Imagine you have an external magnetic Field $\vec{B}_{\text{ext}}$(for the sake of simplicity, it should be constant throughout the entire space), which is not generated by any current density (imagine that it's simply a solution to the setup of no current density, with apropriately choosen boundary conditions).

Now we place a current ($\vec{j}$) carrying loop somewhere, which generates a field $\vec{B}$. Initially the Field $\vec{B}$ should be antiparalell to $\vec{B}_{\text{ext}}$. For the sake of simplicity I assume that the loop has no resistance, so the current inside just flows freely.

What now happens is that the Lorentz-force will act on the charges in the loop, generating torque that will turn the loop until $\vec{B}$ and $\vec{B}_{\text{ext}}$ are paralell. Since the Lorentz-force doesn't change the energy of the charges, every bit of Energy that went into moving the loop stems from the current inside the loop: While the charges are accelerated perpendicular to the direction of the conductor (moving the loop), they are decellerated along the direction of the conductor (reducing the current).

In terms of energy conservation - so far so good, everything is fine.

My problem now is: The more both magnetic fields do align, their field energy (which is the squared sum of them, $(\vec{B}_{\text{ext}} + \vec{B})^2$ increases. Where does the energy come from, that leads to this increase of energy?


1 Answer 1


You are forgetting the field in the loop plane far from the loop, which initially points in the same direction as the external field $\vec{B}_{ext}$. This contributes positive field energy initially, but negative energy after the flip.

  • $\begingroup$ This is helpful. I'll try to calculate this, in case I fail: Do you know some resource where the calculation is done that shows the field energy actually doesn't change? $\endgroup$ May 21, 2019 at 4:03
  • $\begingroup$ To be more specific: Calculation that shows the field energy by the inside of the loop exactly cancels out the energy by the field exterior of the loop. $\endgroup$ May 21, 2019 at 4:17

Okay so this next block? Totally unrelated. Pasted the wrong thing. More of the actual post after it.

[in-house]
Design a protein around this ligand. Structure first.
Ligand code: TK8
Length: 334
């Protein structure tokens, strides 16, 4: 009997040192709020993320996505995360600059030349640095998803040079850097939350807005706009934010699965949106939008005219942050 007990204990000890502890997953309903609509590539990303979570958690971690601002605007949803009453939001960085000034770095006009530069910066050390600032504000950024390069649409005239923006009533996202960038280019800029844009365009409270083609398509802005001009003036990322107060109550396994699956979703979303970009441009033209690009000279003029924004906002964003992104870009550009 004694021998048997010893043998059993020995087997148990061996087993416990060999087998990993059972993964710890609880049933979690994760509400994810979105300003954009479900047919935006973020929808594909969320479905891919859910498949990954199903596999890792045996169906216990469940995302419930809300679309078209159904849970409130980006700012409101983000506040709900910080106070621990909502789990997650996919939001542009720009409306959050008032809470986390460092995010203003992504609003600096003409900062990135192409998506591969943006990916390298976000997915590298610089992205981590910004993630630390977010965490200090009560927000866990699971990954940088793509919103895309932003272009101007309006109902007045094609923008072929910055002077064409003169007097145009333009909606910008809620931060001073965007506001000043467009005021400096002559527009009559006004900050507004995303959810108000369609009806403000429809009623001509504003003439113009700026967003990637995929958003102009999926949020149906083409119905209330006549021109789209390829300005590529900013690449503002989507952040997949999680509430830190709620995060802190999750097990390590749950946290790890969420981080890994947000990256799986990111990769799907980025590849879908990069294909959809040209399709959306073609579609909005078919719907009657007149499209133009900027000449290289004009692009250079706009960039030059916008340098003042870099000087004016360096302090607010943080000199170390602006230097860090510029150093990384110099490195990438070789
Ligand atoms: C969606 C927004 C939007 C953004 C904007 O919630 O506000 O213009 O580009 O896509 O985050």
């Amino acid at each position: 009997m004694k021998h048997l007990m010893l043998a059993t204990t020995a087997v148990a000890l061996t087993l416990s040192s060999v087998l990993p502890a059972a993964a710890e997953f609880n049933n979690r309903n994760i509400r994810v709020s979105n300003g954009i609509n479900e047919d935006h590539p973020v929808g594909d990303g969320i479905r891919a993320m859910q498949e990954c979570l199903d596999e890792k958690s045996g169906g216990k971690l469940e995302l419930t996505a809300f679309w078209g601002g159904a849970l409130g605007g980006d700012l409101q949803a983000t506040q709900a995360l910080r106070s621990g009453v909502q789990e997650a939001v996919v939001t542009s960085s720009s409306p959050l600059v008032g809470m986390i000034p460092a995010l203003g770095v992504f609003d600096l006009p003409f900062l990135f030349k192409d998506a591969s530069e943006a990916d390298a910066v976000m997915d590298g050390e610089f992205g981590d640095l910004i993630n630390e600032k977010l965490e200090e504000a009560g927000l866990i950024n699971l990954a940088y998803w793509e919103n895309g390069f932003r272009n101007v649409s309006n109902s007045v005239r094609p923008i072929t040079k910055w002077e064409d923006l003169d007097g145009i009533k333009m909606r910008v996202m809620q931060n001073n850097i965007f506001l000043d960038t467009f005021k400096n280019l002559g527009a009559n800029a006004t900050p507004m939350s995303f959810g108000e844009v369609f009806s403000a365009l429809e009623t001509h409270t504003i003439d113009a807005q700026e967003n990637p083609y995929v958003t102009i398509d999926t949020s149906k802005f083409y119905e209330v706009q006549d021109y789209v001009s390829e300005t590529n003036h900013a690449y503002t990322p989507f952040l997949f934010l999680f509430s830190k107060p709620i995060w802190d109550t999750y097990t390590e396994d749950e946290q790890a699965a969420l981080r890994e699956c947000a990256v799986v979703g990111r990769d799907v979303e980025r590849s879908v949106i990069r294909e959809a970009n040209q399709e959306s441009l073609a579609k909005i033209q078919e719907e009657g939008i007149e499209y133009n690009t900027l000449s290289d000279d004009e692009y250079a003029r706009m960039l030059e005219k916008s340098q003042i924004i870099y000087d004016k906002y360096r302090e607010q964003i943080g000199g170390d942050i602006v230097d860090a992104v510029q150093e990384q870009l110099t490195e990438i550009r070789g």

• $\begingroup$ I don't know any such source. Conservation of energy is an obvious desideratum for a consistent model of this system. However, formulating such a model in detail is not trivial, as constraint forces (necessary to keep the charges from jumping out of the conductive loop) nd the work they do need to be involved as well. One can probably assume these are just contact forces that act only when the charges are on the wire boundary or perhaps even simplify the wire to a 1D curve and use this to derive the equations of motion and then derive conservation of energy from these equations. $\endgroup$ May 21, 2019 at 5:13
  • $\begingroup$ I wouldn't have thought the calculation Needs to be that complicated. Can't I just calculate $\int \vec{B}_{\text{ext}}(\Theta) \vec{B}$ with $\vec{B}$ being an abitrary magnetic field generated by a spatially confined, sourcefree current density, and \vec{B}_{\text{ext}}(\Theta) being a constant magnetic field with strengh, pointing into the direction of $\hat{e}_{\theta}$, and then (without further specifying the current density) "somehow" Show that the result doesn't depend on $\Theta$? $\endgroup$ May 21, 2019 at 5:48
  • $\begingroup$ The complicated calculation is needed to derive the energy conservation theorem for the whole system, in particular the expression for field energy. An expression such as $\int \mathbf B\cdot\mathbf B_{ext},dV$ is a natural first guess but not obvious it is exactly accurate in this case. Exchange of energy between EM field and mechanical energy of the wire due to constraint forces is taking place and some energy may be stored in the field or charges, which is not accounted for by this expression. $\endgroup$ May 21, 2019 at 15:58

Your Answer

By clicking “Post Your Answer”, you agree to our terms of service and acknowledge you have read our privacy policy.

Not the answer you're looking for? Browse other questions tagged or ask your own question.